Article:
Bioprotein = (-10.64041) + (0.13158 x A) + (0.082846 x B) + (0.58531xC) + (1.62500E-003XAxB) - (1.62500E-003x A x C) + (5.05000-003xBxC) - (1.10671E-003x[A.sup.2] ) (0.017155x[B.sup.2])-(8.66947E-003x[C.sup.2]) (1)

where A, B and C represent moisture content, inoculums size and temperature respectively.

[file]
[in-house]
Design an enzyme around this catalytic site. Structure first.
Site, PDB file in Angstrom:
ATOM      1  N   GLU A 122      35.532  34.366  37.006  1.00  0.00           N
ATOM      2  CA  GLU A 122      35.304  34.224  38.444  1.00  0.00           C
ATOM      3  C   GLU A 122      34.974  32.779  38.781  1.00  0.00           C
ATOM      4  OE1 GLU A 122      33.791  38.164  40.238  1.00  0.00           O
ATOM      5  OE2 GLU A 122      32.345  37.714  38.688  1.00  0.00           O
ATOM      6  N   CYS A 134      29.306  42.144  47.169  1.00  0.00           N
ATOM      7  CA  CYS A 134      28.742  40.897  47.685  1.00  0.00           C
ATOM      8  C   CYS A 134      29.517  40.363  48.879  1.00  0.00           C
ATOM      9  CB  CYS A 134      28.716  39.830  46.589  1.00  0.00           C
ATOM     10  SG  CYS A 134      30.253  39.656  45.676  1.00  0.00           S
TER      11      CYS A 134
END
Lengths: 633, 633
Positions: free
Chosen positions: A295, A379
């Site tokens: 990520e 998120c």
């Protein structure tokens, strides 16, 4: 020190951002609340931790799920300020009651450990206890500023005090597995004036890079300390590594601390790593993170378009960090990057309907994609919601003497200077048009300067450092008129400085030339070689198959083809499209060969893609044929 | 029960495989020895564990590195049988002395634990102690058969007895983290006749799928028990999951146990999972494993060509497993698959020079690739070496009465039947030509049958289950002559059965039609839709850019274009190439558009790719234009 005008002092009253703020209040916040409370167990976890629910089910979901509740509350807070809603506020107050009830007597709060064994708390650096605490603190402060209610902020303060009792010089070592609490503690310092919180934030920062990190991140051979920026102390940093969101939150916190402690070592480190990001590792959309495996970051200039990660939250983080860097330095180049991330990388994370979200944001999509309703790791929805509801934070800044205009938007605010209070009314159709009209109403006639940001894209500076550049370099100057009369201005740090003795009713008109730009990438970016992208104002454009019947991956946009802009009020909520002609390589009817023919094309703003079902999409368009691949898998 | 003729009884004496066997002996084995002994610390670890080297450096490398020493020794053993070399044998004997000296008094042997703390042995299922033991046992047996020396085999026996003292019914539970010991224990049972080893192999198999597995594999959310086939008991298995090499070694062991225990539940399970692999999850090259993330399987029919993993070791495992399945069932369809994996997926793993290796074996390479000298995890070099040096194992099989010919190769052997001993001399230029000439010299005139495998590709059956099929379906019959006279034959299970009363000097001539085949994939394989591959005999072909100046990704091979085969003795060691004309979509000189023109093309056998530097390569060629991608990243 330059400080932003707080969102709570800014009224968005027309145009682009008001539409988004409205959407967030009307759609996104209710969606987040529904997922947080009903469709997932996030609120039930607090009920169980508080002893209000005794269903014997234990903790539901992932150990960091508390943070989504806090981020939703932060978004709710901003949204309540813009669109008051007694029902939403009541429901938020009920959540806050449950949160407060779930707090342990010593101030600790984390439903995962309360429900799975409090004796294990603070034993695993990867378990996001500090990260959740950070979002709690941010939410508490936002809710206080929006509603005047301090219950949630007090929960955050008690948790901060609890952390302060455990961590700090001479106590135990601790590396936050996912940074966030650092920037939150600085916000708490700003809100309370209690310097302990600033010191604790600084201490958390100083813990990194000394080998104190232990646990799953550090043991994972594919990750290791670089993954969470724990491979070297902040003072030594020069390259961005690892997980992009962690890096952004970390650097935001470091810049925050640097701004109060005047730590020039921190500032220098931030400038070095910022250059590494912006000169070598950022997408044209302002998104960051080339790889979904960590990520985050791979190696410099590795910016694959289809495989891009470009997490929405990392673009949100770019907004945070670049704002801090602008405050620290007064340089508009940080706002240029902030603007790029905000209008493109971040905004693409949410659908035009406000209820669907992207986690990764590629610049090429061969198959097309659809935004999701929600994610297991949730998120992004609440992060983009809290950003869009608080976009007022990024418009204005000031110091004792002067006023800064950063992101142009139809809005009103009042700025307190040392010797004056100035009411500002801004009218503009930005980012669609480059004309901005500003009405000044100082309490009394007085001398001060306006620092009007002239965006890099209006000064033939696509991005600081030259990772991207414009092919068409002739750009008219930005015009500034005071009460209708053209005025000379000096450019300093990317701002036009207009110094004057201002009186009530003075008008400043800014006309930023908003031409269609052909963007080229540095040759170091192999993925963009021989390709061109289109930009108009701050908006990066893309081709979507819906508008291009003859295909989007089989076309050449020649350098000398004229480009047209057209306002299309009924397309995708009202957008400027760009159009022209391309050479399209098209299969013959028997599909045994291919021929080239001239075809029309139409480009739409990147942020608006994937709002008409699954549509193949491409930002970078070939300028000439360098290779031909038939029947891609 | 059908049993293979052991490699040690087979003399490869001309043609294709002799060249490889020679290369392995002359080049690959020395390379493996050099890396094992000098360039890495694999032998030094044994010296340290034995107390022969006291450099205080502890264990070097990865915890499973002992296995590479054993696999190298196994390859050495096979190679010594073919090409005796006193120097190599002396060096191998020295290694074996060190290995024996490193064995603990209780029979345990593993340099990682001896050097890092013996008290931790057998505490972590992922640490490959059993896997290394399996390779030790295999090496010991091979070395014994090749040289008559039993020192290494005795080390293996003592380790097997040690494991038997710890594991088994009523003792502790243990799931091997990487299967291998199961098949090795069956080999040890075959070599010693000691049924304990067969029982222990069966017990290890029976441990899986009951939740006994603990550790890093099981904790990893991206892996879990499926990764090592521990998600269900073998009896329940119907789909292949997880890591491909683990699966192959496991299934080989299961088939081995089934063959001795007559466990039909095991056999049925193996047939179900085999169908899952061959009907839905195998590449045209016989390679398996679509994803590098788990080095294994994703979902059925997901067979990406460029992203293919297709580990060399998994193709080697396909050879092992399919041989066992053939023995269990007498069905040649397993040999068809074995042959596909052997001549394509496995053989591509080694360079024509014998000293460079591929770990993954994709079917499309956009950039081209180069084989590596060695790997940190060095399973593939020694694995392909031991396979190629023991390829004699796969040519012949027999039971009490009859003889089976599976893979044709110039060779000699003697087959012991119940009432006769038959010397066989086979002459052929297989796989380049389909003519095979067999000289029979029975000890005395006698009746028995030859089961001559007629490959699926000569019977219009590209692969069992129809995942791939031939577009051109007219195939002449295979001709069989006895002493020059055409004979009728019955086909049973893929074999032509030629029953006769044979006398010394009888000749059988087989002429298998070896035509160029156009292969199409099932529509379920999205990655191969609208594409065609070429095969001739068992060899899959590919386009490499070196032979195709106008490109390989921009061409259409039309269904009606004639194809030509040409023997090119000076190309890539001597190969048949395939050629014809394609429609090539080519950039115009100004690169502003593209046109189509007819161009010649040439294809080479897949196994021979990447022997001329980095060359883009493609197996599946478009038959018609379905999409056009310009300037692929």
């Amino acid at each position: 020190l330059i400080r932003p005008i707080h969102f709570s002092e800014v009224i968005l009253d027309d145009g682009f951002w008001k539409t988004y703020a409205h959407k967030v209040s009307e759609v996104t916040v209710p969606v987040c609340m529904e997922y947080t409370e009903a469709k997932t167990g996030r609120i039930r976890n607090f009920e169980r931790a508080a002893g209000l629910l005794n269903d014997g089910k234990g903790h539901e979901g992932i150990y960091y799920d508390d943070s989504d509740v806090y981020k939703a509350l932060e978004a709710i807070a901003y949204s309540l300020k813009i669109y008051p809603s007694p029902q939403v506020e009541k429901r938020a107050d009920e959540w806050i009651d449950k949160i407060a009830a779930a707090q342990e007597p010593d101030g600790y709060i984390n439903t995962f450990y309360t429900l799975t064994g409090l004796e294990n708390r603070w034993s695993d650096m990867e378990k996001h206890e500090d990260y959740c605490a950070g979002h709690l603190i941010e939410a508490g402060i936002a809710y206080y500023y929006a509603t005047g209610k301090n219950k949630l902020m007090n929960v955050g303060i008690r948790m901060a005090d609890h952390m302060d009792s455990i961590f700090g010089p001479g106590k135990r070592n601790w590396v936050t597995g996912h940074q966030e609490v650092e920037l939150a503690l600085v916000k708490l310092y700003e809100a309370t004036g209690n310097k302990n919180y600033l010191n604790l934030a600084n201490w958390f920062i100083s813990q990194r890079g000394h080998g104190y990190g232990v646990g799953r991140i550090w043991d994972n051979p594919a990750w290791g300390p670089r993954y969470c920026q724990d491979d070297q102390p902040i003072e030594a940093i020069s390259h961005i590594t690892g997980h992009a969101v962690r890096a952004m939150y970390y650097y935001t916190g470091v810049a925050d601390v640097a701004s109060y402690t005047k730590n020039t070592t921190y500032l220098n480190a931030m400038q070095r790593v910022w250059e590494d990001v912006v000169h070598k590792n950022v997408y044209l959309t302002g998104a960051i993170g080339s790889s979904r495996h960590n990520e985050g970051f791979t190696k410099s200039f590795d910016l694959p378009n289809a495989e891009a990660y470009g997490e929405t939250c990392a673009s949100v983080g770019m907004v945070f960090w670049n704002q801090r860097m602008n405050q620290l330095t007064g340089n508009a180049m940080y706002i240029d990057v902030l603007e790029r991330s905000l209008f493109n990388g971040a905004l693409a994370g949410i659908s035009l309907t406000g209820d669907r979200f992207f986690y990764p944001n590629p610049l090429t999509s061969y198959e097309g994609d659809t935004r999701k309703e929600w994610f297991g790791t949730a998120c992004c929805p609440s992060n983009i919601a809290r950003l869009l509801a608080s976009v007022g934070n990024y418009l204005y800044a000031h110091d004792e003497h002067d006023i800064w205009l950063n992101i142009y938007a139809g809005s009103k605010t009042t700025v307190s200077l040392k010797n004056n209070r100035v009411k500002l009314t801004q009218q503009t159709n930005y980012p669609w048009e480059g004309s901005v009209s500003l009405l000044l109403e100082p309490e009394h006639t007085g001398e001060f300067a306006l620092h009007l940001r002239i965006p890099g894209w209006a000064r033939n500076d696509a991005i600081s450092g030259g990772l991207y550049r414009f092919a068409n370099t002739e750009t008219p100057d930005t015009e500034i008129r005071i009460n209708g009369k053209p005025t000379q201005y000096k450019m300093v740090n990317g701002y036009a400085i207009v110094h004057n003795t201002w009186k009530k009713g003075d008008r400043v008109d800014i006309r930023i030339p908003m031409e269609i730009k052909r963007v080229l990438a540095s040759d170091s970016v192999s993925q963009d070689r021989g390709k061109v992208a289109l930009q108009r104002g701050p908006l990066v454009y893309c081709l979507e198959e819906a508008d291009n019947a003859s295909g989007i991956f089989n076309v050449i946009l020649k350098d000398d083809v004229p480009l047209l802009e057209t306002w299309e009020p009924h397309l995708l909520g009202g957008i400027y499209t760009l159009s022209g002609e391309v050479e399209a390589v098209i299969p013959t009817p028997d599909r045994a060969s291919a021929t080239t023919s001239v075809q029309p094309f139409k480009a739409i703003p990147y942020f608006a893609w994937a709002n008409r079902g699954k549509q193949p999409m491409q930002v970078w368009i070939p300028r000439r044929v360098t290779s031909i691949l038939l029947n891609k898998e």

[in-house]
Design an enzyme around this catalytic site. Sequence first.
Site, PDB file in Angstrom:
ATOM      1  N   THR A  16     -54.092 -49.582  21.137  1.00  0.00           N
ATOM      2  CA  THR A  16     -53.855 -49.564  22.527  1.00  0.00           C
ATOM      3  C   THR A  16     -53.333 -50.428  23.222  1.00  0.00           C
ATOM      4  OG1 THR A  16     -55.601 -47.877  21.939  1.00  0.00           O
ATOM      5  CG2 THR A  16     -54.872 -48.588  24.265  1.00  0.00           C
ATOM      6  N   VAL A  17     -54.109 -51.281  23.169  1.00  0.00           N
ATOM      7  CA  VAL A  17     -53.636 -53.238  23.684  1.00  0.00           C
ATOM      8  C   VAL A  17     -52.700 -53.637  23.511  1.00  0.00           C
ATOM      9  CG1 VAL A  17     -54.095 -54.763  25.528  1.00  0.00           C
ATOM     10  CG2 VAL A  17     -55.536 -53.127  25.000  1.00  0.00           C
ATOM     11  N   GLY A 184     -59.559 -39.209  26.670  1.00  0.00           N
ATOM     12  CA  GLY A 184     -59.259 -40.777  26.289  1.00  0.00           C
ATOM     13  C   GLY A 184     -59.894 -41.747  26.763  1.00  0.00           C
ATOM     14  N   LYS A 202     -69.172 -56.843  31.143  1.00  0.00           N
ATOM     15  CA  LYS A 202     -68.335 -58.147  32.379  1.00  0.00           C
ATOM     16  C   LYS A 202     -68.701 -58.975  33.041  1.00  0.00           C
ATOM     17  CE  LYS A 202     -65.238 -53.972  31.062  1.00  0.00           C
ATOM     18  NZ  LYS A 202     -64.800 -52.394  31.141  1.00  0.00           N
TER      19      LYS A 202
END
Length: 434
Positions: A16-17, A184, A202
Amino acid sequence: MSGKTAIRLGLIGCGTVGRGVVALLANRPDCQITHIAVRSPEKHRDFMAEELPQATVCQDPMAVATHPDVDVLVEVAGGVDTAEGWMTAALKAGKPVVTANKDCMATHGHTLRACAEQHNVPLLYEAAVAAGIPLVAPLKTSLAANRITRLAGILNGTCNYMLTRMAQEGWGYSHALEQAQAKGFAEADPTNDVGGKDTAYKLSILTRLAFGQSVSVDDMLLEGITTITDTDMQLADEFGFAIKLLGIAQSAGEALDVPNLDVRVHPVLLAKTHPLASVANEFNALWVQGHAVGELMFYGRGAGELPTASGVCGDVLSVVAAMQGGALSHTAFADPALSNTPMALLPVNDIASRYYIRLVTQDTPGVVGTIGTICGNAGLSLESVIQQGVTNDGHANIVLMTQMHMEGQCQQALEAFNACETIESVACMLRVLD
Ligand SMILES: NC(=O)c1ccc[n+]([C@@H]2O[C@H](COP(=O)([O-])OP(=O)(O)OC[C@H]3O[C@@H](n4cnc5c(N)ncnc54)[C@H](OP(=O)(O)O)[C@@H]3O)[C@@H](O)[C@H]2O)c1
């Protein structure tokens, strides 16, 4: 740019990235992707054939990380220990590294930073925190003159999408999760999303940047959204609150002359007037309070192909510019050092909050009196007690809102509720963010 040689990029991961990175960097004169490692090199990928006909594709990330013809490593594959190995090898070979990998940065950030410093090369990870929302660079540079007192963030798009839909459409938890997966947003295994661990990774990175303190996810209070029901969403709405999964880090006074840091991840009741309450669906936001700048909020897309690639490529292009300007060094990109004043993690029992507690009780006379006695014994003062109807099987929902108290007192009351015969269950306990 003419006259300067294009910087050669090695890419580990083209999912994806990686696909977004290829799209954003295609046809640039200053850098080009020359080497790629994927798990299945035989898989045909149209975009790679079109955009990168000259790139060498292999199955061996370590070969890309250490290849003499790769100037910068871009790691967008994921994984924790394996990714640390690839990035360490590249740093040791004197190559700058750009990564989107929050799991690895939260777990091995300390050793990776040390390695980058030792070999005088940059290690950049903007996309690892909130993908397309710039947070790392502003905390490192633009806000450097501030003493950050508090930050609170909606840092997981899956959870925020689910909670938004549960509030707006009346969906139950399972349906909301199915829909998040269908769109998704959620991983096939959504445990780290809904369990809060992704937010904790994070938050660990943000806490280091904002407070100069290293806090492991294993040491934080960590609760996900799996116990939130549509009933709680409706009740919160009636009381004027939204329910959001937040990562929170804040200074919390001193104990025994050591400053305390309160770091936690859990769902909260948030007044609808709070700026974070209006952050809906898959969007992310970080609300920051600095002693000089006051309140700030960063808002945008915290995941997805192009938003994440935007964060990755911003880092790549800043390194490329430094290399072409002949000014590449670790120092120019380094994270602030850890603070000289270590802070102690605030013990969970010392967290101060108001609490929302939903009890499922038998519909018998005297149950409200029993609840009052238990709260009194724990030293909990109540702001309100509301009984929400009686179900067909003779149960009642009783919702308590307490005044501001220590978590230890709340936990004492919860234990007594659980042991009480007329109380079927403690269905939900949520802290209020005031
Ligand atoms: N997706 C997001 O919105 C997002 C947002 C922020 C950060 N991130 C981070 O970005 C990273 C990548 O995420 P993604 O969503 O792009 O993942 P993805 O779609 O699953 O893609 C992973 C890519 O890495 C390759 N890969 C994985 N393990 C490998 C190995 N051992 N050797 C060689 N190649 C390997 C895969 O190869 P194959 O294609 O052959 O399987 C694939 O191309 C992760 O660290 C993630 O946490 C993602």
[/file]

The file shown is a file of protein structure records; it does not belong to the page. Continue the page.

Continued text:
There was a good agreement between the experimental values and predicted values suggested by the CCD of response surface methodology through the model equation, with only a slight difference in term of bioprotein concentration. According to the results analysis of variance (ANOVA) generated after statistical analysis of the data (Table 2), it was shown that the model was highly significant with a probability value (p-value) of 0.0001 and F-value of 14.29 under same condition. The value probability >F less than 0.05 indicated the model term were significant [3]. Probability, p-value was used as a tool to check significant of each coefficient which in turn may indicate the pattern of the interaction between the variables [7]. In this case, there is only a 0.001% chance that a "Model F-Value" this large could occur due to noise. The p-value shows that the model is significant with all the three parameters which are moisture content, inoculums size and temperature are significant. Table 3 shown the p-value of the parameters is 0.0395, 0.0185 and 0.0056 for moisture content, inoculums size and temperature, respectively. The smaller the p-value, the more significant is the corresponding coefficient. The analyzed regression model suggested that the linear coefficient moisture content (A), inoculums size (B), temperature (C) and quadratic terms coefficient A2, B2, C2 were significant while the other terms coefficient included cross product coefficient (AB, AC, BC) were not significant model term because the p-value is greater than 0.00500 but still can be accepted because A2, B2 and C2 is significant model terms. Since there are significant squared terms in each model, all lower model including the interaction and main effects, significant should be retained in this model.